title insurance industry
property tax collector
transfer tax collector
etc. etc. etc.

they don't want this gravy train to be cut back!

At 3/22/2009 7:57 PM, Anonymous Anonymous said...

Not to mention the fact that housing has pulled investment from productive investments. This is one reason the US has built a current account deficit. We continue to underinvest in productive assest. The mortgage interest deduction is a sop to the real estate and homebuilding lobby. More government "unintended consequences!!!"

At 3/23/2009 8:59 AM, Blogger ExtremeHobo said...

Homes are still a form of asset. Over a period of time it value will increase.

Todd Brought up the book by Kiyosaki. In book he does some great examples to show how your cashflow actually decreases upon owning a home. He claims that houses should not be viewed as an Asset but as a liabilty (same as your car). There is a difference in buying a place to live (fulfilling a need) and buying investment real-estate.

"If you stop working today, an asset puts money in your pocket and a liability takes money from your pocket. Too often people call liabilities assets. It's important to know the difference between the two."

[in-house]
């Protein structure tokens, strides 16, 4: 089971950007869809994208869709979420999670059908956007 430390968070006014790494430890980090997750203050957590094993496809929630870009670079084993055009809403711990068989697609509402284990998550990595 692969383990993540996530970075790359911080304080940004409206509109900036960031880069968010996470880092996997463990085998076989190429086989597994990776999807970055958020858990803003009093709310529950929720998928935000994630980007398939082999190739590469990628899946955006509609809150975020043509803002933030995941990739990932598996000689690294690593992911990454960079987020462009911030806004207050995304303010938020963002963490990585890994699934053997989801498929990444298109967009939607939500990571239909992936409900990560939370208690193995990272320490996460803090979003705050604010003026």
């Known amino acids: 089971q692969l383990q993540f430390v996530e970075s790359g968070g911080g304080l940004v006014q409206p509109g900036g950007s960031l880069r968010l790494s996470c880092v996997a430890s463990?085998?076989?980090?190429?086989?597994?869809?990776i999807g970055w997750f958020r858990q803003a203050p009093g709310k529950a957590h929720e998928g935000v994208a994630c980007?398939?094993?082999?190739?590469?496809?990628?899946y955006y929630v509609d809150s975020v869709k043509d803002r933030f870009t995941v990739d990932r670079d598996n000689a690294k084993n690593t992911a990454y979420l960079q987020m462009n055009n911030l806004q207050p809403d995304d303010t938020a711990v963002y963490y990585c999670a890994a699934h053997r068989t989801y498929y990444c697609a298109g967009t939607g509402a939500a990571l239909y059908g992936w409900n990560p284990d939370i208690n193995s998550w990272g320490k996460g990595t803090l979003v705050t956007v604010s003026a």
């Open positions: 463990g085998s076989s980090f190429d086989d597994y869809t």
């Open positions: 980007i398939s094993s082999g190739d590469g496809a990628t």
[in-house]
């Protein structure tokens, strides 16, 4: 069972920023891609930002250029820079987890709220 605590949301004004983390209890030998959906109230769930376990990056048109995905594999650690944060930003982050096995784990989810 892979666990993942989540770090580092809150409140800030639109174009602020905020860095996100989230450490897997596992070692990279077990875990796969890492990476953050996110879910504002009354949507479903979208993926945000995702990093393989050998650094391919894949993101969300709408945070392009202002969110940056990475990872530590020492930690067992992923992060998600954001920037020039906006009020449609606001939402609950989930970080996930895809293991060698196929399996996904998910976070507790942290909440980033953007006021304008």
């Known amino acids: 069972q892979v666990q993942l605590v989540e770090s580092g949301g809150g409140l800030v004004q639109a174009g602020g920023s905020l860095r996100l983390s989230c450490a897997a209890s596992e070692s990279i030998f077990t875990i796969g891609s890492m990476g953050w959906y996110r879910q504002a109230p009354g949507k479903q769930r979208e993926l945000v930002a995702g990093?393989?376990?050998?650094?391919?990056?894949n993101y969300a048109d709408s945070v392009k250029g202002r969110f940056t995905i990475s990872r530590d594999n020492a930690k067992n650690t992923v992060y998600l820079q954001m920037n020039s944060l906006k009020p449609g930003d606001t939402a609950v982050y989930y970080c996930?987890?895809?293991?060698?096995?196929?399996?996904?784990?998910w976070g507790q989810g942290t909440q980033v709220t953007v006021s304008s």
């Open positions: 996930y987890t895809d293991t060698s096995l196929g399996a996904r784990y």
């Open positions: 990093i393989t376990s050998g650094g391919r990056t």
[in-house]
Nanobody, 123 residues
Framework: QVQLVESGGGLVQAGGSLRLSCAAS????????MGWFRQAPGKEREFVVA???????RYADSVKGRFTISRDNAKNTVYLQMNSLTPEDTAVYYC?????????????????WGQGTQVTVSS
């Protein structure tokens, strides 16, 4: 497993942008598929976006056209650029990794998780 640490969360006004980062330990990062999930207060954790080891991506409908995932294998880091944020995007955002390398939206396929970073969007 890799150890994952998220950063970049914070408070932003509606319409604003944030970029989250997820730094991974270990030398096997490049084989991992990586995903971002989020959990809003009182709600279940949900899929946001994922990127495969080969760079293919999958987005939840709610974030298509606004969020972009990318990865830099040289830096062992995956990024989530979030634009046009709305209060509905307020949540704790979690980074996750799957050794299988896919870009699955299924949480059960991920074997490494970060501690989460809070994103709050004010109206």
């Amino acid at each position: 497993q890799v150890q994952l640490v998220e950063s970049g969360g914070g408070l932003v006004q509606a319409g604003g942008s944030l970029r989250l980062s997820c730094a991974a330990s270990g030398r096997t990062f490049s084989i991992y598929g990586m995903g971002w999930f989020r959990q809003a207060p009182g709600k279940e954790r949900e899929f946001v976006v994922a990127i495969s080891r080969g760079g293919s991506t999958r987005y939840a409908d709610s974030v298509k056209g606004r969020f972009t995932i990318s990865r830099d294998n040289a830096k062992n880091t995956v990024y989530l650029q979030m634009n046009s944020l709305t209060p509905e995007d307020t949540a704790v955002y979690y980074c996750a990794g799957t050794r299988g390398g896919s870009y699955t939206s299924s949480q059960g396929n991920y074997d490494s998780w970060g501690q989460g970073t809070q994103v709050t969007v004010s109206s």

At 3/23/2009 12:18 PM, Blogger Vinay Gaonkar said...

I agree with Robert Kiyosaki, about his concept of house as a liability.

But he also talks about making fortunes in Real Estate. That means you need to buy a property at some time.

Robert is mainly interested in going for investments that pay dividents. Like incoming house rent checks.

But I think one can also invest for capital appreciation. And if the person is interested in monthly rent checks then he can stay his whole life in a car and rent out his home. Robert has also done something like that.

- Vinay.

At 3/23/2009 5:20 PM, Anonymous Anonymous said...

"The government, critics argue, should focus on ensuring high-quality, affordable housing..."

Even when the mainstream media gets something right (not everyone needs a house), it gets something even more wrong. Why is it the government's job to ensure that I can find a "high-quality" house or apartment? I'd be happy if local building inspectors would do their jobs instead of taking bribes for not inspecting the construction of homes or apartments.

At 3/23/2009 11:10 PM, Blogger Jeff said...

Re: Vinay,
"In the near term, if you can afford a house buy paying mortgage, which equals your rent, then why not pay money to get your own house. Why make landlords wealthy when you can afford the same."

Because there are not-insignificant costs (maintenance, property taxes) and risks (for example, it can be much harder to sell a house than to break a rental contract if your job moves or goes away) that aren't included in the mortgage but which are included in rent.

Home ownership can be a great investment/blessing, if you're ready for it and able to rationally assess your needs and ability to pay. Otherwise, as many people are learning/have learned, it can be a tremendous moneypit/curse.